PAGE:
First, you may have been under the impression that inflation was off the list of worries for now, since February’s fretting over rising prices sent the market into full swan dive mode:
Inflation Terror Sideswipes Stocks
But March brought us a nice surprise: inflation is not as bad as previously thought. When it comes to one measure of inflation known as “personal consumption expenditure,” or PCE, we are still seeing price gains far below 2%:
Prices Rising, But Still Below Critical Level
But now the herd is an uproar again–and it has everything to do with the “inverted yield curve.”
We don’t have to get into the weeds here; suffice it to say, an inverted yield curve is when interest rates for short-term US Treasuries (specifically the 2-year note) exceed the interest rate of long-term US Treasuries (typically the 10-year note). When we subtract the short-term US Treasury rate from the long-term one, we usually get a number above 0.
When that number goes below 0? We get a recession.
The Doomsday Chart
Notice how pretty much every time that blue line falls below 0 (the straight black line), we get a recession shortly after (the shaded gray areas)? That’s what inflation Chicken Littles are most panicked about right now.
The reasoning goes like this: if the Fed sees inflation spiking and gets overzealous in raising interest rates, that inverted yield curve will come back and we’ll get a situation where borrowing gets too expensive for the government, municipalities and companies.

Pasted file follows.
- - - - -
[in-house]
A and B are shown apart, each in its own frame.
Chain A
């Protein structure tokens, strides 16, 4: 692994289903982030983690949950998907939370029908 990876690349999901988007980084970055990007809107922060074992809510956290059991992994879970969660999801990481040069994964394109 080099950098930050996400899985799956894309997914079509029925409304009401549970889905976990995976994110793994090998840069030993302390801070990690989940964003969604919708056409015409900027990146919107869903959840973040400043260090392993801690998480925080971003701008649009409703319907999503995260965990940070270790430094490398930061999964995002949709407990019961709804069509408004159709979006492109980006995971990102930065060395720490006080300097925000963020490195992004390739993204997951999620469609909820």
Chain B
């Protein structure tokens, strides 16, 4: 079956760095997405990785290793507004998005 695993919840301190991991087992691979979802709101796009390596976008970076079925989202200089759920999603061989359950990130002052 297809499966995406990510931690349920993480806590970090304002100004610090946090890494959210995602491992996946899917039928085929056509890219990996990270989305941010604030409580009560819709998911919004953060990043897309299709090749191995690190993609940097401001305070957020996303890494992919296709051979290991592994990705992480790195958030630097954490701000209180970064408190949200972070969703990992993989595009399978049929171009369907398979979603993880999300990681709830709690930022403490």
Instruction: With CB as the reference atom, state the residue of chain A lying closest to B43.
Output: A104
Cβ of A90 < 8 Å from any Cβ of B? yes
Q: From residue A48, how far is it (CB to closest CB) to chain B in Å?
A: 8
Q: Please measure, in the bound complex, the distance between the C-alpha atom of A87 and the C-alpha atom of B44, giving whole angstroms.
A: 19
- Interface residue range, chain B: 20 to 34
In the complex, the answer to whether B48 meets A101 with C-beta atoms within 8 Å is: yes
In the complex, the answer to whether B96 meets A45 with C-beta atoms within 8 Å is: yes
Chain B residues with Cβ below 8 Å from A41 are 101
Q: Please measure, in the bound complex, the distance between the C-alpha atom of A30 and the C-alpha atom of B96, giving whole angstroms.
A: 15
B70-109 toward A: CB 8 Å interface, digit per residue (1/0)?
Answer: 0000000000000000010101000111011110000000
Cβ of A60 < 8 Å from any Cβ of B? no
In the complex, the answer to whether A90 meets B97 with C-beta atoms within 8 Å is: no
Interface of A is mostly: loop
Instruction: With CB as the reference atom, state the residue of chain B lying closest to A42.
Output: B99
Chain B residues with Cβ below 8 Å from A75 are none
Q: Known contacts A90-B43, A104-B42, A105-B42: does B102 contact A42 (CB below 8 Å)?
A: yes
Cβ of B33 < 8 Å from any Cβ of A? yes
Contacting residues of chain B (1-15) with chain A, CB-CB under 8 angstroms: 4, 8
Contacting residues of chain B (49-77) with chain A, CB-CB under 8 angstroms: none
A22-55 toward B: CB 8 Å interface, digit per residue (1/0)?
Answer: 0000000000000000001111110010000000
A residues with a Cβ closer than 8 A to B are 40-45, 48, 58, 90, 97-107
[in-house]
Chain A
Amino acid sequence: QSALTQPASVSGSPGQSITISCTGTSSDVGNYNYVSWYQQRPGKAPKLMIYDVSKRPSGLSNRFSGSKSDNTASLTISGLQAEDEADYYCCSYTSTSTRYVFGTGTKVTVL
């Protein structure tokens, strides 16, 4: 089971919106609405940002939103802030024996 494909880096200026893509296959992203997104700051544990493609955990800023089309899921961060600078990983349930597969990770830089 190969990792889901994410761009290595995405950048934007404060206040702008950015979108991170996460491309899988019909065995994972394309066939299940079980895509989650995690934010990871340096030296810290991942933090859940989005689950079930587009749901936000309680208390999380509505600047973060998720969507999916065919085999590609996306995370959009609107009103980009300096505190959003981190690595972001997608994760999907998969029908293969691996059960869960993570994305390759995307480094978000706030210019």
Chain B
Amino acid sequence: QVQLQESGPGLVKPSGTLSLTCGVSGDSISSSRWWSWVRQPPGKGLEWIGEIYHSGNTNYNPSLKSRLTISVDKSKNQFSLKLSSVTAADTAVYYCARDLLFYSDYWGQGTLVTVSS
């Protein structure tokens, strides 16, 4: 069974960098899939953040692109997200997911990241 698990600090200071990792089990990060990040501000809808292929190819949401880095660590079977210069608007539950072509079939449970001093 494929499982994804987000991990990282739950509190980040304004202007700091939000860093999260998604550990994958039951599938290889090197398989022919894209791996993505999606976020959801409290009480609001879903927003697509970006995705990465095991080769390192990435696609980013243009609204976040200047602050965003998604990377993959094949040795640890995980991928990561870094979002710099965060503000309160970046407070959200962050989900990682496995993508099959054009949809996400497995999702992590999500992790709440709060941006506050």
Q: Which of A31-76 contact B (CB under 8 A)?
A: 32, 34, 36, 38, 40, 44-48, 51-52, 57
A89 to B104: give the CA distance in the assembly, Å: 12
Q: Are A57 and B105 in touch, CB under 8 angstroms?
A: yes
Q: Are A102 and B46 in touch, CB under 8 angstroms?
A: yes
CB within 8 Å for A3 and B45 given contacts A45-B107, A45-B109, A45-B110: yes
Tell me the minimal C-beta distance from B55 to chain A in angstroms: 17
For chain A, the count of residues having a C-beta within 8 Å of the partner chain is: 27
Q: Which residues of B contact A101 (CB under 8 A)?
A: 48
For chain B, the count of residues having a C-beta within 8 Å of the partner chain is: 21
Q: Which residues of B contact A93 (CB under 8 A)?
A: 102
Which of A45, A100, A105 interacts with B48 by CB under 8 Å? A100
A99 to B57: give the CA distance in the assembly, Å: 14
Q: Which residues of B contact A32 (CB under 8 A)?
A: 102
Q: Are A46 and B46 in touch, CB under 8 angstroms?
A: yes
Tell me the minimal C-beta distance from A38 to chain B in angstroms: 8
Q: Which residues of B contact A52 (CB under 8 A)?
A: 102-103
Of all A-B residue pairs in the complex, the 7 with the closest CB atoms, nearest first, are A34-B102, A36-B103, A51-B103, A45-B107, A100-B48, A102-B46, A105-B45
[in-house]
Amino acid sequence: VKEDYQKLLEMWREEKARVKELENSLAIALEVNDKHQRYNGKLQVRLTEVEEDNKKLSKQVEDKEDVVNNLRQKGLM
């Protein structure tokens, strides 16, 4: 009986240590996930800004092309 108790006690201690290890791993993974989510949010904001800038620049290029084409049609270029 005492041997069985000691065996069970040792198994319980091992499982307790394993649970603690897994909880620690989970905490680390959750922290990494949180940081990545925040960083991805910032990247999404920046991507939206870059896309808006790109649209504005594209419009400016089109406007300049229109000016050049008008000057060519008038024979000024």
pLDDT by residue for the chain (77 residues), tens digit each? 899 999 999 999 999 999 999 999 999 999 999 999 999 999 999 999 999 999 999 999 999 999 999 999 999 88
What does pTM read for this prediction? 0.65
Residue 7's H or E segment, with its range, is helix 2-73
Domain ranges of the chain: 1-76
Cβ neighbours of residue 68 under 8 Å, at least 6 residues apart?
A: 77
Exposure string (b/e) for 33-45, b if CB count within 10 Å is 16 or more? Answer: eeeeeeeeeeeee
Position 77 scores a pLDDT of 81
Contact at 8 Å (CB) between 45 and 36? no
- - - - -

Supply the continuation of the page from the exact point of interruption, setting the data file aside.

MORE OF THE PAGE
Why Now Is NOT the Time to Worry
The market already knows that the Federal Reserve plans to raise interest rates in a bid to keep inflation in check. In fact, the traders betting through the Fed futures markets have already priced in three interest rate hikes in 2018:
From this chart, you can see how the Federal funds rate target is expected to rise to 2.00% to 2.5% by the end of 2018. That would be, at most, double the current 1.25% target rate.
The good news is that the market has already priced that into everything–bonds, stocks, and other assets. The only real risk is that inflation spikes, forcing the Fed to raise rates more than they’ve already suggested they will do, risking a slowdown in growth.
But that’s now looking increasingly unlikely. In February, inflation rose by 0.2%, a sharp decline from the 0.5% gains seen in January. While prices are rising, they aren’t rising at an alarming pace–which means the inflation monster remains at bay.
What to Buy Now
So if we’re far from the inflation-fueled collapse that drove so many investors to sell in February, what should we do?
The answer? We’re going to go full contrarian and buy one “sleeper” asset class that investors normally run in terror from in times like this.
But those who do miss out on big gains and income. Every. Single. Time.
I’m talking about junk bonds–or bonds issued by companies with low or no credit rating. As a result, they tend to pay higher yields to compensate investors for the additional risk they’re taking on.
We all know that interest rates are headed upwards, and a lot of first-level investors think this means all corporate bonds, and in particular high-yield ones, are doomed because higher yields for Treasuries will pressure junk bond yields to rise, which in turn will make existing junk bonds’ prices go down (when a bond’s yield goes up, its price goes down).